DataPower Gateway only

Tutorial: Securing an API by using OAuth 2.0

This tutorial shows you how to secure an API by using OAuth 2.0 so that an application can access the API on a user's behalf.

Before you begin

To complete this tutorial, you need an environment capable of sending HTTP requests and receiving HTTP responses. In these instructions, the curl command is used in a command line interface to demonstrate the OAuth flow without the need to write any application code. When you implement the OAuth flows for your application, make the same HTTP REST calls as used with curl in this tutorial.

Note: The commands and example commands in this tutorial might need to be adapted for the syntax of your own command line interface.
The following diagram shows the sequential flow through the IBM® API Connect for IBM Cloud Developer toolkit tutorials for working with API definitions that call an existing endpoint. Before beginning a tutorial, ensure that you have completed the previous tutorials in the sequence. You can click a tutorial in the diagram to open the instructions for that tutorial.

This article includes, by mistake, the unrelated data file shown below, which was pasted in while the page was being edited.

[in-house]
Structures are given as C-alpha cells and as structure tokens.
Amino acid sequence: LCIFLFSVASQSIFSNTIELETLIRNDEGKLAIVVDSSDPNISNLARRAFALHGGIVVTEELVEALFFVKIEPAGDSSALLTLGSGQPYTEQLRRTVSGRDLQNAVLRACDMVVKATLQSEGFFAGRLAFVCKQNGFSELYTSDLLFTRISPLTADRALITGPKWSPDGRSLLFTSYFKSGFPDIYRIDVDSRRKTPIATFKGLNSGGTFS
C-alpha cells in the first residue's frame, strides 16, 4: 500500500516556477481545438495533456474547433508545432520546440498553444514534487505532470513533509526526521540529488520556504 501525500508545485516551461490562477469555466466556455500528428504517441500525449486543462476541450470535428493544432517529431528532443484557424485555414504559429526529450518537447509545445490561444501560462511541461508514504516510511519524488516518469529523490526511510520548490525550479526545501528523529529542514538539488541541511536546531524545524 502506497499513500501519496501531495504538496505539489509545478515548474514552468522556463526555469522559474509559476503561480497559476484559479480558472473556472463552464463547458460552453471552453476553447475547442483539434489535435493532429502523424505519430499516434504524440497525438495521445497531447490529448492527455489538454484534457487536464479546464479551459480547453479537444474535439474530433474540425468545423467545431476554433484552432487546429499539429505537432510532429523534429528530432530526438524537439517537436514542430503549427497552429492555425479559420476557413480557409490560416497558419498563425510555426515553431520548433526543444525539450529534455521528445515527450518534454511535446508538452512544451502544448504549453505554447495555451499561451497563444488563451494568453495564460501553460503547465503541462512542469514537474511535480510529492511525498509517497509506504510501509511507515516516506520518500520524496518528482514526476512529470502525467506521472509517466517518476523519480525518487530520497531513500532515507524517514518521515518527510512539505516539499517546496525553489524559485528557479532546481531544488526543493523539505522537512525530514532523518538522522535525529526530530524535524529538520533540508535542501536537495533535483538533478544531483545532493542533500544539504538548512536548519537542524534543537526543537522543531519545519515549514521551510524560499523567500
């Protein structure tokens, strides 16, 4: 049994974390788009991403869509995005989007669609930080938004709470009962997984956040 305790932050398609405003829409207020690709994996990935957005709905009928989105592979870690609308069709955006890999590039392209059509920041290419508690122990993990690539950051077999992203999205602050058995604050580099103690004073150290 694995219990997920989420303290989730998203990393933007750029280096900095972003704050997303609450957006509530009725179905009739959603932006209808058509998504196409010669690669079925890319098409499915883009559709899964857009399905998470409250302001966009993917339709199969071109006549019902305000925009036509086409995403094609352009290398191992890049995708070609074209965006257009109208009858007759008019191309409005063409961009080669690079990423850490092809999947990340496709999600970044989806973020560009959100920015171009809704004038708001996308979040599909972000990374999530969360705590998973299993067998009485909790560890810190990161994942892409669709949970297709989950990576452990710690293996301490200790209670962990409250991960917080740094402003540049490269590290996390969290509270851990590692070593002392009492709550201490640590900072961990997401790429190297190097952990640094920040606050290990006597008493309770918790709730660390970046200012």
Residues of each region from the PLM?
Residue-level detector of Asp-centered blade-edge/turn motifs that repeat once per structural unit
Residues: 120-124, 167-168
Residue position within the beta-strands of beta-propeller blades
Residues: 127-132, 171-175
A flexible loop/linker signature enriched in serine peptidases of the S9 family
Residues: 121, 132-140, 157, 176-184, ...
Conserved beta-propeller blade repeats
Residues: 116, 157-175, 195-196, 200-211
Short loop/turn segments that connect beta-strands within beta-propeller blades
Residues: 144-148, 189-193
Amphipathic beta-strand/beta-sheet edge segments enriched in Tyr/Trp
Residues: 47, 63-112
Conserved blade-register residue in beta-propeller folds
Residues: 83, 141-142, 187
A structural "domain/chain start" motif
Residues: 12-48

Tutorial flow diagram for API definitions that call an existing endpoint Installing the toolkit Prerequisites Tutorial: Creating and publishing an API definition from the command line Tutorial: Creating an invoke REST API definition Using the Developer Portal Tutorial: Securing an API with a client ID and client secret Tutorial: Securing APIs by using an LDAP user registry Tutorial: Securing an API by using OAuth 2.0
Note: You can secure your APIs with a third-party OAuth provider. For more information, see Integrating third party OAuth provider.

About this tutorial

You will modify the security settings for the Branches API, which you created in the tutorial Tutorial: Creating an invoke REST API definition, so that a calling application can make use of OAuth 2.0 to access the API on behalf of a user without requiring the user's password.

In this tutorial you will complete the following lessons:

In OAuth 2.0, the following three parties are involved:

  • The user, who possesses data that is accessed through the API and wants to allow the application to access it
  • The application, which is to access the data through the API on the user's behalf
  • The API, which controls and enables access to the user's data